Church Releases Videos to Promote Safe Driving
You probably know that multitasking while driving is hazardous to your health. But do you know how dangerous it really is? According to Traveler’s Insurance, a recent study from the Virginia Tech Transportation Institute found that manual-visual tasks associated with handheld devices, such as reaching for the phone or dialing, increased the risk of getting into a crash by three times. The study also reported that even hands-free devices involve manual-visual tasks at least half the time, which is associated with a greater crash risk. Did you know that texting increases the likelihood of an auto accident by 23 times, but even simple acts like eating can double your chances of crashing while you drive?
The Church has published a series of short, clever videos on its website safety.lds.org featuring common scenarios that contribute to distracted driving: eating, talking on the phone, jamming to music, and grooming.
“Why is the Church producing safety videos? Because we do a lot of activities in the Church, especially during the summer, and one of our goals is to promote safety,” said Alan Rogers, senior safety manager for the Church. “With the distracted driving videos, we hope to lessen the impact of auto accidents on the lives and families of those who participate in our activities.”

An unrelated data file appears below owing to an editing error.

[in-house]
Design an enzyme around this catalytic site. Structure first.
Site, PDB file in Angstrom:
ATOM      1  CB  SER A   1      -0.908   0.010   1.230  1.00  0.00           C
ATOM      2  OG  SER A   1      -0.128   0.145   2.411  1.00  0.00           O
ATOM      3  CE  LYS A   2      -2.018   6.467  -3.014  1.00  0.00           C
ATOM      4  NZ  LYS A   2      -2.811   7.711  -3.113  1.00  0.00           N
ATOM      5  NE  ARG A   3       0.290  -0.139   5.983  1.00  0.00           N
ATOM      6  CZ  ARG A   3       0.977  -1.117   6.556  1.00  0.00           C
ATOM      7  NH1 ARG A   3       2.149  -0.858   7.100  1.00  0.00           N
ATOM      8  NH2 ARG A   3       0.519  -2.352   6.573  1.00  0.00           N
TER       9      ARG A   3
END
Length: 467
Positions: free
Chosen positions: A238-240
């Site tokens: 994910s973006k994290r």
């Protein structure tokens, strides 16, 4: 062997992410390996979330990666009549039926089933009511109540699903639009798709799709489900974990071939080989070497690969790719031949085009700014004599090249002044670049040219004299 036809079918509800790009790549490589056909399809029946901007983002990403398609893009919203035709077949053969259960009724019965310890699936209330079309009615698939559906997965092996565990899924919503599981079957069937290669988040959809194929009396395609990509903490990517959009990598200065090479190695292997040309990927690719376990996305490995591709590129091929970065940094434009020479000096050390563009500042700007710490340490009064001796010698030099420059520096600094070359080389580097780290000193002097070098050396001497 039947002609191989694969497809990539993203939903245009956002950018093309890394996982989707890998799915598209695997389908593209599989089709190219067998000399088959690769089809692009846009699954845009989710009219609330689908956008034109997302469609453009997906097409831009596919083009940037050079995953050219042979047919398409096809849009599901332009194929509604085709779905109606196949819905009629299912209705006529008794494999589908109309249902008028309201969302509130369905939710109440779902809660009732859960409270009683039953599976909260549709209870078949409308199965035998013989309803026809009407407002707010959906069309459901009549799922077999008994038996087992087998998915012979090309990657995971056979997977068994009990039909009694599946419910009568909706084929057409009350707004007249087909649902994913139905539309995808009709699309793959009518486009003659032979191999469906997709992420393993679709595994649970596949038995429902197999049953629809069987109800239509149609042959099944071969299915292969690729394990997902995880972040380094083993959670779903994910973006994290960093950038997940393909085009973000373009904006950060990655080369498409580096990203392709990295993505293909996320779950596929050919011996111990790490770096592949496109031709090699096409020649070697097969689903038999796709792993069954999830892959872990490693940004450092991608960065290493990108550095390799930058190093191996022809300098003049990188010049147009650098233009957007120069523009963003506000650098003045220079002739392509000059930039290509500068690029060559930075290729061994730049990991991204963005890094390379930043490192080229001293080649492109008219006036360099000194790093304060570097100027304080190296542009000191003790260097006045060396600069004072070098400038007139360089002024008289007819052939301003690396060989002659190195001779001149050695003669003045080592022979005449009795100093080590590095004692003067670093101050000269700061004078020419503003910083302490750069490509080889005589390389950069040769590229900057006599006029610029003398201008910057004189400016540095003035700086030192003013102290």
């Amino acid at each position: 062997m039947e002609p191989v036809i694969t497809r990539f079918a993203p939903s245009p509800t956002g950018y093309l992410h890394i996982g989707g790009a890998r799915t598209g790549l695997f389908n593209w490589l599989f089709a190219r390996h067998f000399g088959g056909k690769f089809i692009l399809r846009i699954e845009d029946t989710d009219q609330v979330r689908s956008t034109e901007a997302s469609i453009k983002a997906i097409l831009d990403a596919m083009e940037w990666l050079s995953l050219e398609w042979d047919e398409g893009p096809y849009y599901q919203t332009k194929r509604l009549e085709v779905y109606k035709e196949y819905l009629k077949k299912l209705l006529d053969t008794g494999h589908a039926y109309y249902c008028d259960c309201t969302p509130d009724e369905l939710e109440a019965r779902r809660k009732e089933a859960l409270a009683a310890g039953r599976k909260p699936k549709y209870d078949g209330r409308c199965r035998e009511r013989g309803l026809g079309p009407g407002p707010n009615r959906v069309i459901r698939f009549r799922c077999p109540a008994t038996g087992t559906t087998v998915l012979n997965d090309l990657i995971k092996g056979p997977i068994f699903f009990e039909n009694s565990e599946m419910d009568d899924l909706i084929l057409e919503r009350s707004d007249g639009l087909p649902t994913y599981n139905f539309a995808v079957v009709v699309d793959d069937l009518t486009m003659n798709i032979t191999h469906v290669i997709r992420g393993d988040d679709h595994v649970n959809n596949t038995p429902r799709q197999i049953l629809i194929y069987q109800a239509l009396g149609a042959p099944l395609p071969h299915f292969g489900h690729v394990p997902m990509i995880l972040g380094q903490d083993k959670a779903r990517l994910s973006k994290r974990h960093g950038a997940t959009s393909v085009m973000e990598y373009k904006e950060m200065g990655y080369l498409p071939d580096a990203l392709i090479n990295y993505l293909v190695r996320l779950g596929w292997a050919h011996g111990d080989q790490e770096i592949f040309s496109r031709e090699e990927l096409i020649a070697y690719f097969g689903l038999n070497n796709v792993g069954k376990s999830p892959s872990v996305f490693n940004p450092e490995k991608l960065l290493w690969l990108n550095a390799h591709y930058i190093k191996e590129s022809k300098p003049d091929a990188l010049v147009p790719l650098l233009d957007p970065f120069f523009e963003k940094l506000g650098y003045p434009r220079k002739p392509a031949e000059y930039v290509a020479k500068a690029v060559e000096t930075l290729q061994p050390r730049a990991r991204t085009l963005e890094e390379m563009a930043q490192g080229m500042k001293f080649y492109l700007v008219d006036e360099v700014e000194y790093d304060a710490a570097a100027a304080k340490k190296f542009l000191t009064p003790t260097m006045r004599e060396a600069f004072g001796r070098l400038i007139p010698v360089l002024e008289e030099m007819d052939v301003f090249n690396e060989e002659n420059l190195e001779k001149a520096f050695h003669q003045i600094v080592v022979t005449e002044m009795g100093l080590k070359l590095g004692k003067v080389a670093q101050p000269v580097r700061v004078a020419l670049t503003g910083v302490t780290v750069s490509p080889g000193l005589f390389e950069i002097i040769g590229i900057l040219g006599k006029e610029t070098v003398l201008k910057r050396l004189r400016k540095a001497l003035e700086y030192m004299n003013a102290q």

The distracted driving videos, like all of the videos on safety.lds.org, take a more positive approach for presenting important safety information.
“We recognize these are serious topics,” said Steven Brimley, a product manager in the Church’s Risk Management Division. “But we’ve found that people tend to remember and share important points if we present them with a more positive approach.”
Why the concern about distracted driving?
In the U.S., the National Highway Transportation Safety Administration (NHTSA) data shows that over 3,300 people were killed and more than 387,000 were injured in motor vehicle accidents connected to distracted driving.
NHTSA statistics also show that in more than 10 percent of all fatal crashes with drivers 15 to 19 years old, they were distracted. That number jumps to 23 percent for drivers in their 20s. The National Safety Council (NSC) reports that cell phone use while driving leads to 1.6 million crashes each year.
Take the pledge
“Laws only go so far to prevent distracted driving,” said Brother Rogers. In fact, the best protection comes from self-regulating, he said. “It’s got to be something you decide to do as an individual.”
Because of that, Brother Rogers encourages Church members to visit the NSC website and take the National Safety Council’s pledge to be an attentive driver, which says:
“I pledge to Just Drive for my own safety and for others with whom I share the roads. I choose to not drive distracted in any way—I will not:
- Have a phone conversation—handheld, hands-free, or via Bluetooth.
- Text or send Snapchats.
- Use voice-to-text features in my vehicle’s dashboard system.
- Update Facebook, Twitter, Instagram, Vimeo, Vine, or other social media.
- Check or send emails.
- Take selfies or film videos.
- Input destinations into GPS (while the vehicle is in motion).
- Call or message someone else when I know they are driving.”
“We strive to keep our participants safe during any activity,” said Brother Rogers. “We want them to remember an activity for all of the right reasons—their testimony was strengthened, they made a new friend, they grew closer to their Heavenly Father, or they discovered a new hobby or skill—not because they were involved in a serious vehicle accident.”